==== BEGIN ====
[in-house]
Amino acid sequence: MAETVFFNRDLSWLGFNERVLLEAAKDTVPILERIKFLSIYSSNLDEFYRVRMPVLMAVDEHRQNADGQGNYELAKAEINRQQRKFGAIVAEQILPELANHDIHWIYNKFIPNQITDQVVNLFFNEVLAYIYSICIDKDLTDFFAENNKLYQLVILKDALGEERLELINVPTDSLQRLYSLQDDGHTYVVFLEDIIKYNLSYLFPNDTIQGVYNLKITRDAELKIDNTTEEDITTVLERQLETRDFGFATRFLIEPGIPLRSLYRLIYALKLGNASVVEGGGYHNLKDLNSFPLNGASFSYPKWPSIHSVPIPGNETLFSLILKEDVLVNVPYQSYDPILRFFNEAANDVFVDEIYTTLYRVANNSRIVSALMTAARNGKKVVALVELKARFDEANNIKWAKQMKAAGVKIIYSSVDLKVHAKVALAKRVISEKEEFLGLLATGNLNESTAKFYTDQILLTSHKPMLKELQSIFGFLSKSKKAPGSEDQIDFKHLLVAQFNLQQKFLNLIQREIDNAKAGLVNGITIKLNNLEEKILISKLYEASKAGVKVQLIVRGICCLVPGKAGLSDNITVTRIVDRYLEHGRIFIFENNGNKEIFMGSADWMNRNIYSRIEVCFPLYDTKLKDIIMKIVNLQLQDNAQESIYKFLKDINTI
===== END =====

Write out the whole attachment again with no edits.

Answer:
[in-house]
Amino acid sequence: MAETVFFNRDLSWLGFNERVLLEAAKDTVPILERIKFLSIYSSNLDEFYRVRMPVLMAVDEHRQNADGQGNYELAKAEINRQQRKFGAIVAEQILPELANHDIHWIYNKFIPNQITDQVVNLFFNEVLAYIYSICIDKDLTDFFAENNKLYQLVILKDALGEERLELINVPTDSLQRLYSLQDDGHTYVVFLEDIIKYNLSYLFPNDTIQGVYNLKITRDAELKIDNTTEEDITTVLERQLETRDFGFATRFLIEPGIPLRSLYRLIYALKLGNASVVEGGGYHNLKDLNSFPLNGASFSYPKWPSIHSVPIPGNETLFSLILKEDVLVNVPYQSYDPILRFFNEAANDVFVDEIYTTLYRVANNSRIVSALMTAARNGKKVVALVELKARFDEANNIKWAKQMKAAGVKIIYSSVDLKVHAKVALAKRVISEKEEFLGLLATGNLNESTAKFYTDQILLTSHKPMLKELQSIFGFLSKSKKAPGSEDQIDFKHLLVAQFNLQQKFLNLIQREIDNAKAGLVNGITIKLNNLEEKILISKLYEASKAGVKVQLIVRGICCLVPGKAGLSDNITVTRIVDRYLEHGRIFIFENNGNKEIFMGSADWMNRNIYSRIEVCFPLYDTKLKDIIMKIVNLQLQDNAQESIYKFLKDINTI